Human Resources is a vital part of every organization. HR does more than hiring, payroll, and benefits administration. They also help build company culture, keep employees engaged, and advocate for all individuals in the company. As challenges and needs of the organization change in response to recent market demands, internal expectations of HR are also changing; Organizations now need HR to be more strategic in their thinking and to bring their insights to the table to help solve business issues. Some HR departments are more agile and can rise to meet the expectations of their business partners. Others, however, are lagging behind.
In Argosight’s recent survey of over 500 professionals in the Human Resources & Talent Management Executive community, we asked the respondents if they agreed with three statements regarding their internal HR department:
1. HR focuses more on compliance / administration versus addressing strategic business challenges.
2. HR provides vision and strategic insight to help drive the business.
3. HR is a partner and core business decision-maker.
Below is a graph of the results.
More than half of the people (61%) who work in the business (outside of HR) still view HR as a compliance and administrative service provider. About 45% of people in HR agree with this group, admitting that the main part of their work is administrative. This, of course, is not a surprise to anyone. If anything, one would expect the percentages to be higher from both groups.
On the other hand, almost half of the HR respondents and about 25% of the business respondents say their HR department is participating in strategic matters in their companies. This shows that HR is in fact stepping up to the plate to provide higher value to the business. It also shows that HR’s business counterparts are noticing their efforts and hence, noticing the value they bring beyond fulfilling administrative tasks.
Although HR is making progress in some companies, it is very much in a period of transition. Transforming the department into the HR of the future will take more than time. Some changes that can help speed up the transformation process include:
Alleviate the traditional responsibilities of HR
Traditionally, HR was set up to provide administrative services so that an organization can run smoothly. These services are still needed by the organization, however, some of the work can be automated or streamlined using currently available software. Additionally, there are third party providers who offer services such as recruiting, benefits administration, payroll, etc. to augment HR departments. Decreasing the amount of admin work will allow HR professionals to attend to more value-added matters.
Educate HR on the business of the company
A common complaint about HR from the business is that HR does not understand the work of the company, specifically how the company makes money. Educating HR on this matter will allow HR to connect their activities to the company’s overall business strategy as well as help them understand the financial impact of the requests coming from the business. Seeing this link will help employees feel invested in the company and encourage them to leverage their roles to contribute to the business strategy.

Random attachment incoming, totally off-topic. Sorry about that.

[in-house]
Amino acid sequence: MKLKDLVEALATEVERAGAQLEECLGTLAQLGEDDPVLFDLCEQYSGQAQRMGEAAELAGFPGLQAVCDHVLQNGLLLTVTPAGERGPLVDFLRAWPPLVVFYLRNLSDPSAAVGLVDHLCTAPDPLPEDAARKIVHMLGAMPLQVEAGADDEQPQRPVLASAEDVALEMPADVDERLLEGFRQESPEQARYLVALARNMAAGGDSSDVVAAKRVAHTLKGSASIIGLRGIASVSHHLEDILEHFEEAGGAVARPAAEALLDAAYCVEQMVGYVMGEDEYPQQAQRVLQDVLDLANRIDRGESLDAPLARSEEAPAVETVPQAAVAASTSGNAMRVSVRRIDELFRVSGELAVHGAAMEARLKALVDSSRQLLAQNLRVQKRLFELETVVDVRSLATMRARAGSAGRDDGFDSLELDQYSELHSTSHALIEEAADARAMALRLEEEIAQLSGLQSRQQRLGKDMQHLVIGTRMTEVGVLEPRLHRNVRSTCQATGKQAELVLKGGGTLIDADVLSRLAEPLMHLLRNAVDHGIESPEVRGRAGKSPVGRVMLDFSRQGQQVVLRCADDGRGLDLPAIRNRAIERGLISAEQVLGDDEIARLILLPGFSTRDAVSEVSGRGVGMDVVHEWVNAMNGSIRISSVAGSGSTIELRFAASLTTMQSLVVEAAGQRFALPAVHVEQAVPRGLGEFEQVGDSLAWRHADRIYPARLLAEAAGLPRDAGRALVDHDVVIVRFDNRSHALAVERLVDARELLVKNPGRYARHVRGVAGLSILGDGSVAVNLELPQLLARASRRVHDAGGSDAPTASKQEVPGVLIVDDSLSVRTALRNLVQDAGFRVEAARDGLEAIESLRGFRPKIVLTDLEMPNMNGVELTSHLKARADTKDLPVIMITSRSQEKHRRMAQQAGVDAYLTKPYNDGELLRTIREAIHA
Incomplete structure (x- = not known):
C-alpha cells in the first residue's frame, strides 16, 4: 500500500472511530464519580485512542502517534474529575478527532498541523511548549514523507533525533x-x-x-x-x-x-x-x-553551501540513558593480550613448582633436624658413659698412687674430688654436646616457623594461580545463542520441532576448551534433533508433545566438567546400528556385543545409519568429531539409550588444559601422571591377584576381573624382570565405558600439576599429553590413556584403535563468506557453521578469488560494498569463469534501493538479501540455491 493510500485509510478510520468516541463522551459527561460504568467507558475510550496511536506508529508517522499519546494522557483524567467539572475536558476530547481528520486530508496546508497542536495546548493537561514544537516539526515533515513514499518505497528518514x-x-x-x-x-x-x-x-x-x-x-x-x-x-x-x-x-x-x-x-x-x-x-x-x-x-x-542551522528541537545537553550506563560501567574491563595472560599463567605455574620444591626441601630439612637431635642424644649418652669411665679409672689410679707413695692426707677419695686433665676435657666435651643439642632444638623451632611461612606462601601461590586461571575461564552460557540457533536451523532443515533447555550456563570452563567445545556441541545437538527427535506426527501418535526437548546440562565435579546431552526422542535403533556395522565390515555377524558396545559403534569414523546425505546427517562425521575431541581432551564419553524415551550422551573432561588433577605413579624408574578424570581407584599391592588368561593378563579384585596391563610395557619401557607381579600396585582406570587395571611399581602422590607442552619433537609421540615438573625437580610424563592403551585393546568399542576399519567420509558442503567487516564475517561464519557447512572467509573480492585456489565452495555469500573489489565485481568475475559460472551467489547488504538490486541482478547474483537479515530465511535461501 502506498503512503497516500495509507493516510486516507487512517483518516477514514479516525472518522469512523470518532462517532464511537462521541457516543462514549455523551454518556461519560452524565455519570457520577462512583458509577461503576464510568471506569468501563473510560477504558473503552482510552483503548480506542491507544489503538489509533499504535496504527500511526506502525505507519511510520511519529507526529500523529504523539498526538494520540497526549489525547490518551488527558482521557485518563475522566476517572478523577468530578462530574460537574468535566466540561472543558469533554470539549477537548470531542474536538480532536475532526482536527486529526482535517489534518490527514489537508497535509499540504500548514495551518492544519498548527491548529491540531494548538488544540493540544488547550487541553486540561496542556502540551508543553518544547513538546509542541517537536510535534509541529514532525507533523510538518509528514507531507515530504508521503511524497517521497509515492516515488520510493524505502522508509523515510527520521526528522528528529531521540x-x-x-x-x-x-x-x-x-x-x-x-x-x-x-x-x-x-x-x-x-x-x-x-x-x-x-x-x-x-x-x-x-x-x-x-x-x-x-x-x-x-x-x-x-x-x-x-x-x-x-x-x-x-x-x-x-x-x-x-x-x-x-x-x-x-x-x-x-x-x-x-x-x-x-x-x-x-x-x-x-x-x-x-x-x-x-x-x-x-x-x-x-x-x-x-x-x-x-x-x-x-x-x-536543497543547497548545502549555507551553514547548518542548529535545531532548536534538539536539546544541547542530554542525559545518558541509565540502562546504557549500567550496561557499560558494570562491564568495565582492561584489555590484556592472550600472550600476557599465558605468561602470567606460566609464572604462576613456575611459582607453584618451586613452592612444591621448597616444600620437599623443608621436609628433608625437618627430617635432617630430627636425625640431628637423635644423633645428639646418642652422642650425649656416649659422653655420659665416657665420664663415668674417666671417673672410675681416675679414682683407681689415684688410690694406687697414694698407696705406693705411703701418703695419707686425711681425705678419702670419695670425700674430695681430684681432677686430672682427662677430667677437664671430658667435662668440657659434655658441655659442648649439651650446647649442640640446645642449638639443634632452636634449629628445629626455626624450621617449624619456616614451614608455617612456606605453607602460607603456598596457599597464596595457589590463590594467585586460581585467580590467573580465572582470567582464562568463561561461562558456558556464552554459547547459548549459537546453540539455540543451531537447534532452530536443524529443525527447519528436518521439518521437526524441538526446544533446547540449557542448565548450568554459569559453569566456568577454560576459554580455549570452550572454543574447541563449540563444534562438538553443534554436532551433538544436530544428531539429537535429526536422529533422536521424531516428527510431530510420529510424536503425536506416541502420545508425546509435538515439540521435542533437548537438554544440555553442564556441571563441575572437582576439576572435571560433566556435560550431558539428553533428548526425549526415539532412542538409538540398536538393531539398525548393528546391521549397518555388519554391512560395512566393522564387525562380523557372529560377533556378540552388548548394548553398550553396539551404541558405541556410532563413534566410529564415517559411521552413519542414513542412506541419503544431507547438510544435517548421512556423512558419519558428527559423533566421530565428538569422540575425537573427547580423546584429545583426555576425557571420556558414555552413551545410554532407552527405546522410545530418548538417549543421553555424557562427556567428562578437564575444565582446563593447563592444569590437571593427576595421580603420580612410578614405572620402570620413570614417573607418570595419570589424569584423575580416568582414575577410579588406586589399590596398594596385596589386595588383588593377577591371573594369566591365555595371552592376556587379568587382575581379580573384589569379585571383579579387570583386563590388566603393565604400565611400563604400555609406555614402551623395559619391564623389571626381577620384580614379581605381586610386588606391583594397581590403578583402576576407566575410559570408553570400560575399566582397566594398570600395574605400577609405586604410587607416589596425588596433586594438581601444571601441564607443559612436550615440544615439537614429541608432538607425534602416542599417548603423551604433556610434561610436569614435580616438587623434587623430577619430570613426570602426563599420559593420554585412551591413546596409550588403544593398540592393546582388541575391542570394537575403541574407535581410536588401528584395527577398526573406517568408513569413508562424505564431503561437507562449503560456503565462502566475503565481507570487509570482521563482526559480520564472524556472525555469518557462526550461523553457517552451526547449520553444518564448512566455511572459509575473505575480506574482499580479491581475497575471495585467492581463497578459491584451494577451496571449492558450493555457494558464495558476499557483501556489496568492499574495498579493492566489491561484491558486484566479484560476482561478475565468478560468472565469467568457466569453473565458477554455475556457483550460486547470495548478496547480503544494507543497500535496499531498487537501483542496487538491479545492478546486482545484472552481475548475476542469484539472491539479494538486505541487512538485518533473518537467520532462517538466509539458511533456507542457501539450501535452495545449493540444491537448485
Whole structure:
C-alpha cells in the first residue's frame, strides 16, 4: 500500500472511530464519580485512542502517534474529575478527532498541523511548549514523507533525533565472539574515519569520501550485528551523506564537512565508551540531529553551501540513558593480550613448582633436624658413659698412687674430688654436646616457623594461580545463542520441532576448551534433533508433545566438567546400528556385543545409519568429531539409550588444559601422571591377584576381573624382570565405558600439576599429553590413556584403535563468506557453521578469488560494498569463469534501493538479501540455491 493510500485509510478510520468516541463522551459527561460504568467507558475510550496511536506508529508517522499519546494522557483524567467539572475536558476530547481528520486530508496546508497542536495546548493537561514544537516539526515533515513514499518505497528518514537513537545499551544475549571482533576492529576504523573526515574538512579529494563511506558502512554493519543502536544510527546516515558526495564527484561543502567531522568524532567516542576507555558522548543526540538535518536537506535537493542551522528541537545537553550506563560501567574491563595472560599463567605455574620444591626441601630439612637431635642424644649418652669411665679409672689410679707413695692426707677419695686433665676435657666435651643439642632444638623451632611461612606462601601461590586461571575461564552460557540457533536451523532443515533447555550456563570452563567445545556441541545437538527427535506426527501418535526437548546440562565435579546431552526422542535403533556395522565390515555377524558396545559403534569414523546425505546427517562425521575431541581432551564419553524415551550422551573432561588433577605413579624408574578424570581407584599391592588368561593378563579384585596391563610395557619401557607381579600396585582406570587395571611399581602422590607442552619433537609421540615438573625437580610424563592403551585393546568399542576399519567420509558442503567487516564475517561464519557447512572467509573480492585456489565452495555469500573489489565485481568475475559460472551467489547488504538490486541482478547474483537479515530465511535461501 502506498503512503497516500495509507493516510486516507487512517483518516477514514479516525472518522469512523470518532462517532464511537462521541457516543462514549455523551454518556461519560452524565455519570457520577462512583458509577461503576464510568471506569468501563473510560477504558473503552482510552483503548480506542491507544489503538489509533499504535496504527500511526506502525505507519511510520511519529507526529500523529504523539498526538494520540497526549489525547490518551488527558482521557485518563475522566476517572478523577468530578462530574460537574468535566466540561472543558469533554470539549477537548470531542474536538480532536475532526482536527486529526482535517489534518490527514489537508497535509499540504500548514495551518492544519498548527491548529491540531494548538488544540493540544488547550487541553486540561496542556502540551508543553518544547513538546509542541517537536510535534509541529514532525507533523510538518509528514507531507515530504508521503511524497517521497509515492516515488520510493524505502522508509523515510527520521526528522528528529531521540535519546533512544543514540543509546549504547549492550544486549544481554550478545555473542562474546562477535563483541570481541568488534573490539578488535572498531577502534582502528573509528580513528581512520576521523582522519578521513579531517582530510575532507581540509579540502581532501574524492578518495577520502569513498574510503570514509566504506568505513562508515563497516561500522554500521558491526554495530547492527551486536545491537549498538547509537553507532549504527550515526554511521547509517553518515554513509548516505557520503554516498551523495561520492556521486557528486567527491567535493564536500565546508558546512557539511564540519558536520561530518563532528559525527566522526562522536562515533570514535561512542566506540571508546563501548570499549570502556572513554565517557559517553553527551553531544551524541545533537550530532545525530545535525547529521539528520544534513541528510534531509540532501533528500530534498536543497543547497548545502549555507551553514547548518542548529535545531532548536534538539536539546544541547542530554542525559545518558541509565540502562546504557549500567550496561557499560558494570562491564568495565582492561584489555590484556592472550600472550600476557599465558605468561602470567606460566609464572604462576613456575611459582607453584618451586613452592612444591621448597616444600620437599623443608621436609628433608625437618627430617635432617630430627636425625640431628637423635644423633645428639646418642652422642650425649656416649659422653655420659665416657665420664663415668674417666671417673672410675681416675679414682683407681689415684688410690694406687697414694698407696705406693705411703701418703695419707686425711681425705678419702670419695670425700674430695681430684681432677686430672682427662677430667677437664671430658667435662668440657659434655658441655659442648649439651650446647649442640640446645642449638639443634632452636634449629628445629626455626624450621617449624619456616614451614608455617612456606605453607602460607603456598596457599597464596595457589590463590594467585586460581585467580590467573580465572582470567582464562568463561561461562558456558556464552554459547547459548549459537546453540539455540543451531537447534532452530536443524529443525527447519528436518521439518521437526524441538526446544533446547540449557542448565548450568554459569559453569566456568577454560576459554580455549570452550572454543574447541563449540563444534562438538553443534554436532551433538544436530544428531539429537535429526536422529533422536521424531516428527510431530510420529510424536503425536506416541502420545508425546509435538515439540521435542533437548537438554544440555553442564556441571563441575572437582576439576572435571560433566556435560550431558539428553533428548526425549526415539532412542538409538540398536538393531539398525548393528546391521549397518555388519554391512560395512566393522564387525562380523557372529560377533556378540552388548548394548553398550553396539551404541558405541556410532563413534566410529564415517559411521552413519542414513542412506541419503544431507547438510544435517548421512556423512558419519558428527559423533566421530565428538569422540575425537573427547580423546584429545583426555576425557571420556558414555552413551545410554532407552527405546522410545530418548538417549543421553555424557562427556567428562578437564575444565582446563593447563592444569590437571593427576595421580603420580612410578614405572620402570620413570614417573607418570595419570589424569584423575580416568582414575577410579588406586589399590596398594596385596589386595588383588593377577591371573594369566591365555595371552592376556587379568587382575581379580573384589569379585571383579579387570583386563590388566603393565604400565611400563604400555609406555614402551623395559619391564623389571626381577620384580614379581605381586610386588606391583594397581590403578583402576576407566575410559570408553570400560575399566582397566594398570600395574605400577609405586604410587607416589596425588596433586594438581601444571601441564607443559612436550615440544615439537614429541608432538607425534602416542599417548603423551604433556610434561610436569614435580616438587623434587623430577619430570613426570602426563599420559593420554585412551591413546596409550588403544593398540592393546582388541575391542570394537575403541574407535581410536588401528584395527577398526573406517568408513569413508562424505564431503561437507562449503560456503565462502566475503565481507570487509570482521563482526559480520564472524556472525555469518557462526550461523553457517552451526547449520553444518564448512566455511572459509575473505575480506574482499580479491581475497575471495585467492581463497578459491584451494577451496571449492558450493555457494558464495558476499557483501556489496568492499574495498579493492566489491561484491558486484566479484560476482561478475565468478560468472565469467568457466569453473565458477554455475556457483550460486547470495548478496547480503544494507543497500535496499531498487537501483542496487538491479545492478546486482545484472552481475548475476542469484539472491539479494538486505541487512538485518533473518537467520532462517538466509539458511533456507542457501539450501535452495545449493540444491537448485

Integrate HR into teams across all functions
With expertise in the management of people, HR can add value to the work of all teams across the company. Allowing HR to contribute to each team will build HR’s knowledge of that function. Additionally, it will close the clear disconnect between HR and the business and allow both to work together to achieve the common goal of business growth.
While it’s good to see that HR is starting to transform itself into a strategic partner to the business, they still have a long way to go before they have the support and recognition they need to become a true partner. The biggest obstacle in their way is not just senior management on the business side, but also internal HR professionals who hold tightly to their administrative work. Looking at the survey, HR needs to convince over 60% of the business community that they do more than admin work; prove that their work is strategic to about 40% of the business folks who disagreed; and on top of that, encourage 45% of HR professionals who think their work is mainly administrative to think beyond that work to create value for the organization. Basically, HR needs to convince about half of the people on the business side and half of their own people to let them do more strategic work. But on the bright side, the expectation/ desire to be more strategic is not only coming from high up in command; it’s also coming from within HR.